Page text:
Seven weeks later, Montratchet earned three stars from the New York Times for its “alluring food, relaxed atmosphere, and reasonable prices.”

“It was like winning the lottery without being able to collect the cash,” he said. “It’s known as Bâtard now; it won the James Beard Foundation for Best Restaurant Award in 2015 […] I’ve had that space for over 35 years.”

Nieporent took some inspiration from Joseph Baum, a restaurateur who founded the Windows on the World at the World Trade Center and the Rainbow Room at the Rockefeller Center. Likewise, he had always looked up to childhood sports figures like Muhammad Ali. “I remember hearing [him say] ‘I am the greatest,’ and he lived up to it,” Nieporent stated.

It was five years later when Nieporent and the renowned actor Robert De Niro established Tribeca Grill, an upscale bar and grill. In 1994, Nieporent, De Niro, producer Meir Teper, and legendary chef Nobuyuki “Nobu” Matsuhisa founded Nobu New York, which has gone on to open restaurants all over the world.

Since the opening of Montrachet, Nieporent has overseen restaurants for over 35 years. Myriad’s restaurants and services have been featured on platforms from the Wine Spectator Magazine to HBO documentaries.

“The Internet and social media, of course, have changed [where] you have all of these middlemen,” he said. “But at the end of the day, you know it’s kind of the same business; the food is cooked, and when it's hot, [it is] brought to the table in a presentable manner. In that way, you know the rituals of dining have not changed as much.”

This perspective on hospitality has been true throughout Nieporent’s life. “It wasn’t so much the food, but it was the people,” he stated. “There used to be a restaurant in New York called Headquarters. The owner had been the chef to [President Dwight D.] Eisenhower; the food was very strange but delicious.”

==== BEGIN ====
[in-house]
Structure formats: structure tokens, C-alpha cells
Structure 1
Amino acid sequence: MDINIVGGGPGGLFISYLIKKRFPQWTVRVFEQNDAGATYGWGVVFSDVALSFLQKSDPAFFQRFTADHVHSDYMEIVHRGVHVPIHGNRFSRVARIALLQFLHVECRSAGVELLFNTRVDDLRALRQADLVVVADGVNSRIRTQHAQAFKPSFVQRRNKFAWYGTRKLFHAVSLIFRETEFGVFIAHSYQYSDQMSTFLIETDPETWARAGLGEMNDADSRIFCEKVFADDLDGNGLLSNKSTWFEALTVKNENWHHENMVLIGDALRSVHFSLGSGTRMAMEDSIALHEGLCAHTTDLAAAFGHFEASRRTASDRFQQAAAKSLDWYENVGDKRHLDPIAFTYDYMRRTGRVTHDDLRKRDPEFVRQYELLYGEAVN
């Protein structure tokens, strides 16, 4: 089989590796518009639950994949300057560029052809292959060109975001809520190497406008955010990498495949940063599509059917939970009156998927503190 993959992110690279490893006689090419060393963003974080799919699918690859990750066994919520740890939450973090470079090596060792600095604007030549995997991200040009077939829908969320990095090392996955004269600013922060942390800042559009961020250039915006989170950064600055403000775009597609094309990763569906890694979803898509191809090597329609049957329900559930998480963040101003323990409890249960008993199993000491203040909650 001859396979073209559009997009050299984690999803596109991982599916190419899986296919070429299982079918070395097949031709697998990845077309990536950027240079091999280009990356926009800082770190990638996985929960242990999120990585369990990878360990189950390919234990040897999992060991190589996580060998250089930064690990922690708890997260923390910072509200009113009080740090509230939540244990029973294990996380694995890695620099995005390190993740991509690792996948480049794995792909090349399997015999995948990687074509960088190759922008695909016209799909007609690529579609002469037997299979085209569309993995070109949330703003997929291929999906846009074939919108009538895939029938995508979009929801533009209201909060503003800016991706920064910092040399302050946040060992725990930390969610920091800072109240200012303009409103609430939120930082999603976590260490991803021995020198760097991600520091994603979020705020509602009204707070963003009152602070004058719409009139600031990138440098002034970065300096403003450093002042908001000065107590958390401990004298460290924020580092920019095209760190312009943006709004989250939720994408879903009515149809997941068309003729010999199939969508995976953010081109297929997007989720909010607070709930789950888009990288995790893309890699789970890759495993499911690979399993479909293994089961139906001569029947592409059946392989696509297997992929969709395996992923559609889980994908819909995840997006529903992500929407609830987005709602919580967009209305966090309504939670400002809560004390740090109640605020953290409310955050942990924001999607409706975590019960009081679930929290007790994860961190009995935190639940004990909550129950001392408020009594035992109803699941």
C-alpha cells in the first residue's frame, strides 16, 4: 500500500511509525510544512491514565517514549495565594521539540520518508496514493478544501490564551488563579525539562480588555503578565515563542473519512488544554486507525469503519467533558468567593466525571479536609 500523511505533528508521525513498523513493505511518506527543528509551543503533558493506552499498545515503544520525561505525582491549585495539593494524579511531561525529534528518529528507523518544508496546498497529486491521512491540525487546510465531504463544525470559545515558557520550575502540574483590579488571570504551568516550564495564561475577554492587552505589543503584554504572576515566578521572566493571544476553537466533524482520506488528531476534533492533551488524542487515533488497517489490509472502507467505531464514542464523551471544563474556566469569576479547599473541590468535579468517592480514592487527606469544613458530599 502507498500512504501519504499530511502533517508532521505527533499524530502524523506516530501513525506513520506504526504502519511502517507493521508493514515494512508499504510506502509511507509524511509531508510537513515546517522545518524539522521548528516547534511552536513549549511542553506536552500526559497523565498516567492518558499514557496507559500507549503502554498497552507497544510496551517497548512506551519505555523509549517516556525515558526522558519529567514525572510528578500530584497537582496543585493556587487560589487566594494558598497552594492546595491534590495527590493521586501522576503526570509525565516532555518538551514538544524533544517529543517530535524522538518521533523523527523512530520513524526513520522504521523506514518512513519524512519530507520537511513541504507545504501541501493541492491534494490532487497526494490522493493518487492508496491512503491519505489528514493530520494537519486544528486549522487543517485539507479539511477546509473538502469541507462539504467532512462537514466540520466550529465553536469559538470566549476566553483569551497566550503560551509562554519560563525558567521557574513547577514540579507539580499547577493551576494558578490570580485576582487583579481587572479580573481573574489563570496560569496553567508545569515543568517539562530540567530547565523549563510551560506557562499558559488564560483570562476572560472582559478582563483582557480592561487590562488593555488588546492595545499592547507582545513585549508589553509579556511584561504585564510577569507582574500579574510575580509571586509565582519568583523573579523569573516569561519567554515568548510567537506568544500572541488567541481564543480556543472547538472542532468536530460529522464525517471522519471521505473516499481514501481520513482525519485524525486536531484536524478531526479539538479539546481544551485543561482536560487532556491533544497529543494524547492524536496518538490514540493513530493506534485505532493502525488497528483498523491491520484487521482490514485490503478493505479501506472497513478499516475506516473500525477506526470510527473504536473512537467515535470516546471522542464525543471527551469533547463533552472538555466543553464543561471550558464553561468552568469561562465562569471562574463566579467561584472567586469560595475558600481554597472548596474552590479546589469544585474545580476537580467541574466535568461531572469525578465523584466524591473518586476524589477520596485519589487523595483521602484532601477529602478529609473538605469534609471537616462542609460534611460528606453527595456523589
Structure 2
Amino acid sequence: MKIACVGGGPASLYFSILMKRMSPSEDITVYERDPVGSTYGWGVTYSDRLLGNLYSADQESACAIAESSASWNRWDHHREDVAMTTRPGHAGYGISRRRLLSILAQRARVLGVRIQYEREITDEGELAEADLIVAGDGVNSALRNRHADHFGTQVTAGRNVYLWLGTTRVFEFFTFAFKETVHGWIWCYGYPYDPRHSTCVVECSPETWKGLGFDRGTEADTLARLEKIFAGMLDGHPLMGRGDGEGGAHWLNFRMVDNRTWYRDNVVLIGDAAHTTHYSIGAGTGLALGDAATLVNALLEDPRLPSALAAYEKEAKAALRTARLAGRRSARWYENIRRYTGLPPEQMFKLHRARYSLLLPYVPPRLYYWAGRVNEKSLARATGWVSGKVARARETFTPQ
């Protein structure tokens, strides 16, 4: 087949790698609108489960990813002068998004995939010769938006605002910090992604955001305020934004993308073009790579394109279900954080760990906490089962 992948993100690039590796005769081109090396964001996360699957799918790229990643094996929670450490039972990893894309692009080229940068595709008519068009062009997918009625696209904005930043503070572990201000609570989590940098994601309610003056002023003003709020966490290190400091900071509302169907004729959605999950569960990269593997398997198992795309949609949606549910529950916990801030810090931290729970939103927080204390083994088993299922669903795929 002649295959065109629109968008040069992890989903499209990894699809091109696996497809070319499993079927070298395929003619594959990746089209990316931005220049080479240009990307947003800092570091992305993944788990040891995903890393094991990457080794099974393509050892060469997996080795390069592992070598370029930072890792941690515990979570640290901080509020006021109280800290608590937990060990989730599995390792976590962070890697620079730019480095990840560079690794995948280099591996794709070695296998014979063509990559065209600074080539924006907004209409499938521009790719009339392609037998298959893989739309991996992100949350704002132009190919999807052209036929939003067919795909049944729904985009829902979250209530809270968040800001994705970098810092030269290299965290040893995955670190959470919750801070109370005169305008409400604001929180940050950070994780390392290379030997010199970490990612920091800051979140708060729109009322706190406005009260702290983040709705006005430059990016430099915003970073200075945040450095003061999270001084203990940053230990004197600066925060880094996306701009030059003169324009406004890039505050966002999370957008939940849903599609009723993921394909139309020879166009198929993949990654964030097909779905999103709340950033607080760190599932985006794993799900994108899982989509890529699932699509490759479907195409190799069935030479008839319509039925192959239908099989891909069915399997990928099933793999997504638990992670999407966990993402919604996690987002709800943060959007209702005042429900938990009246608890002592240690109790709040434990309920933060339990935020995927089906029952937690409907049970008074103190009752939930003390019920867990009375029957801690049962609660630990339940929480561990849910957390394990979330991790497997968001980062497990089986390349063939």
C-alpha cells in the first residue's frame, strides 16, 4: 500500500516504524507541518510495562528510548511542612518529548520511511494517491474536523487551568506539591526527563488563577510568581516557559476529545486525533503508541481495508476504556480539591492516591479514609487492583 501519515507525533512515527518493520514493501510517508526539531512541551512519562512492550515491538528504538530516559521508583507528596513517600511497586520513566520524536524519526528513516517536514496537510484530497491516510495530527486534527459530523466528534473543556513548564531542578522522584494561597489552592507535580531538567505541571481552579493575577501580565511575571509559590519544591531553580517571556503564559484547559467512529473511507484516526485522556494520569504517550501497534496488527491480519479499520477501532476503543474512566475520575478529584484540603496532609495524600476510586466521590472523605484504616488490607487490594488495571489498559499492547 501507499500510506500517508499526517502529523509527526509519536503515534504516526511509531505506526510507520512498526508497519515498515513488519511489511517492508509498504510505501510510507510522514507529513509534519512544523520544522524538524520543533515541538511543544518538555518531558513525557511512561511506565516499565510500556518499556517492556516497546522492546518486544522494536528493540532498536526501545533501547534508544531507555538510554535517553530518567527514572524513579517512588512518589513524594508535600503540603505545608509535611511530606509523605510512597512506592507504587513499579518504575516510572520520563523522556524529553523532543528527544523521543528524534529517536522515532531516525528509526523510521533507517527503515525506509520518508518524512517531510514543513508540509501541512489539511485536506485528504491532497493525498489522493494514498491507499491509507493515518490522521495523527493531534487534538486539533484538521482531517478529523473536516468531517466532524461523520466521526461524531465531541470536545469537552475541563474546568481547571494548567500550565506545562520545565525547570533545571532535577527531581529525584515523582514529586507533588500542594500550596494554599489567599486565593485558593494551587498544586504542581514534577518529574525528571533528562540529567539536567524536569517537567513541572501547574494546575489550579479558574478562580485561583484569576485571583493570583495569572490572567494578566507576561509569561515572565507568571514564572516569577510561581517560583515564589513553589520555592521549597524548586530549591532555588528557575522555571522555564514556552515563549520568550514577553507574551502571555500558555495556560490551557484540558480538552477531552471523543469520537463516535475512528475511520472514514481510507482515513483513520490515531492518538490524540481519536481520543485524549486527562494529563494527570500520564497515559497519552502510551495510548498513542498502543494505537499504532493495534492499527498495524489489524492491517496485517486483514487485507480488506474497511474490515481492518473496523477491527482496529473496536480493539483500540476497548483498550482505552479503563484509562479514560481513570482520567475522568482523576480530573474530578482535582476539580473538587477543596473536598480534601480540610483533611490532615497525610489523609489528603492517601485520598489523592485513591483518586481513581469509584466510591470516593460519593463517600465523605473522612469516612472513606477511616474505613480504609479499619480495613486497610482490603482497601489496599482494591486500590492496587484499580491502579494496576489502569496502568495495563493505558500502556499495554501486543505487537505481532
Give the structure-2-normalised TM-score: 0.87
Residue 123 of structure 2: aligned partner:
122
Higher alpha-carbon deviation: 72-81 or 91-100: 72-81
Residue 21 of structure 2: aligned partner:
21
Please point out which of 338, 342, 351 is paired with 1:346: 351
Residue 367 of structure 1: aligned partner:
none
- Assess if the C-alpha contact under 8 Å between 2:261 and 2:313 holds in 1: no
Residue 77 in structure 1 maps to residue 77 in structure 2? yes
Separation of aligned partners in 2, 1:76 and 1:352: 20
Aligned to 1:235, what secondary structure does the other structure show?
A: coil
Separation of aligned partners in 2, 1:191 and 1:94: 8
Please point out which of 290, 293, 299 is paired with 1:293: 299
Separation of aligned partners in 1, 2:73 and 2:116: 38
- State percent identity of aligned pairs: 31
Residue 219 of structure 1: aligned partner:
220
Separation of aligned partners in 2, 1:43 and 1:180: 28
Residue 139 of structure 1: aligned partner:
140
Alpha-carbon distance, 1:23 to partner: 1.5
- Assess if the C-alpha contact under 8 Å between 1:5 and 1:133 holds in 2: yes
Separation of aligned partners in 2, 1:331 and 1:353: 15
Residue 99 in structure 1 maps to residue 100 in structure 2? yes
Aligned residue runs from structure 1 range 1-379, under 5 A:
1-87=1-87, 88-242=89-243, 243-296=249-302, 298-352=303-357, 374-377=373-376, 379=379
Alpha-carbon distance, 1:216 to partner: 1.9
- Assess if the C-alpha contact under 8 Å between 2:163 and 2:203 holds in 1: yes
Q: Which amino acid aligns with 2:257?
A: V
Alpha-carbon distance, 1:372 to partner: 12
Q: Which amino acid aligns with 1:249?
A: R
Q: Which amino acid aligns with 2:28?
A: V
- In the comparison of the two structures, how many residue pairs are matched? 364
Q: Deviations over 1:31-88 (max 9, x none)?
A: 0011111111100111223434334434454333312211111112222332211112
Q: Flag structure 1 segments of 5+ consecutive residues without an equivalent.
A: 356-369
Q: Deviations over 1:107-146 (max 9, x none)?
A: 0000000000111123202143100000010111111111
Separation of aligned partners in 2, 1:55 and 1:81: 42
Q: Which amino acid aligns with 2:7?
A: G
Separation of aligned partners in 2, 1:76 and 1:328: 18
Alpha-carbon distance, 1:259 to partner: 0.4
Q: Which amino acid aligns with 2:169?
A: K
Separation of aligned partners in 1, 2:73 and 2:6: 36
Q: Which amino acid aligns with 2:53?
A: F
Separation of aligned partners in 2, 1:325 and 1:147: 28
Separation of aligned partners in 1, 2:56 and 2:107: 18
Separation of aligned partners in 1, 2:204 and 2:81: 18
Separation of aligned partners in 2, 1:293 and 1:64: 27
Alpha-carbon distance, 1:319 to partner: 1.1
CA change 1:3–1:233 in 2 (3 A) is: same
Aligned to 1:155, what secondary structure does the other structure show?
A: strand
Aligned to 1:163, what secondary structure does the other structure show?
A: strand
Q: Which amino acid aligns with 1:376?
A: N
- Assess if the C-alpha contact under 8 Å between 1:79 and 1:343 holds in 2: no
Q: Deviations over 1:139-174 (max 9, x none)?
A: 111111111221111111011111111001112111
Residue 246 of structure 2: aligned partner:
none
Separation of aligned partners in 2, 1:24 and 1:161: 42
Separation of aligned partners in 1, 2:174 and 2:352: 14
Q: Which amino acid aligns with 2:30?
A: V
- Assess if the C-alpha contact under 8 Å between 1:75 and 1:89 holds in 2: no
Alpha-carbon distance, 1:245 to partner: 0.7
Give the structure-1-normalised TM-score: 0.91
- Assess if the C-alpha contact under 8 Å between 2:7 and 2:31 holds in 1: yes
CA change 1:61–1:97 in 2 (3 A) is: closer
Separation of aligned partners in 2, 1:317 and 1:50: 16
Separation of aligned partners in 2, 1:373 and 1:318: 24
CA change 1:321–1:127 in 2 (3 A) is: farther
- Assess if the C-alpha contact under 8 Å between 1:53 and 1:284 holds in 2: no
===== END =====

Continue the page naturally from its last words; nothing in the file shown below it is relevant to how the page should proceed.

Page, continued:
However, now, meals can’t always be served hot and ready. In the midst of the coronavirus pandemic, New York’s restaurants have been hit particularly hard. It’s been over two months since the closure of restaurants across the city.

“Quite frankly, I still think it’s too early to tell,” Nieporent stated. “We’ve been doing takeout, but it’s about a fifth of the gross service of the sales. If the government tells us we can only run at 50 percent capacity because of social distancing, something is going to happen to the rent because we pay 100 percent rent to have 50 percent capacity. It’s just not gonna work.”

Nieporent retains a positive perspective, however. “We’re not young people anymore,” he said. “I’ve been watching. I watch everything, very carefully, and it is better to be safe and worry about health issues; the economic issues I’m not so concerned about.”

While staying healthy and positive during quarantine, Nieporent encourages the current generation of Stuyvesant kids to plan for the future. “The one thing is that when you’re young, you have the energy; you have the clear vision. Go formulate your goals, and go about them early. Because that’s what I did, and I would say that’s a big reason for my success,” he encouraged.

After graduating from Stuyvesant, Nieporent revisited the school for a day, not as a student but with a celebrated career spanning a vast myriad of restaurants across the world. And yet he returned with the same unparalleled vision that he had as a student—with his lifelong passion that he lived and breathed for.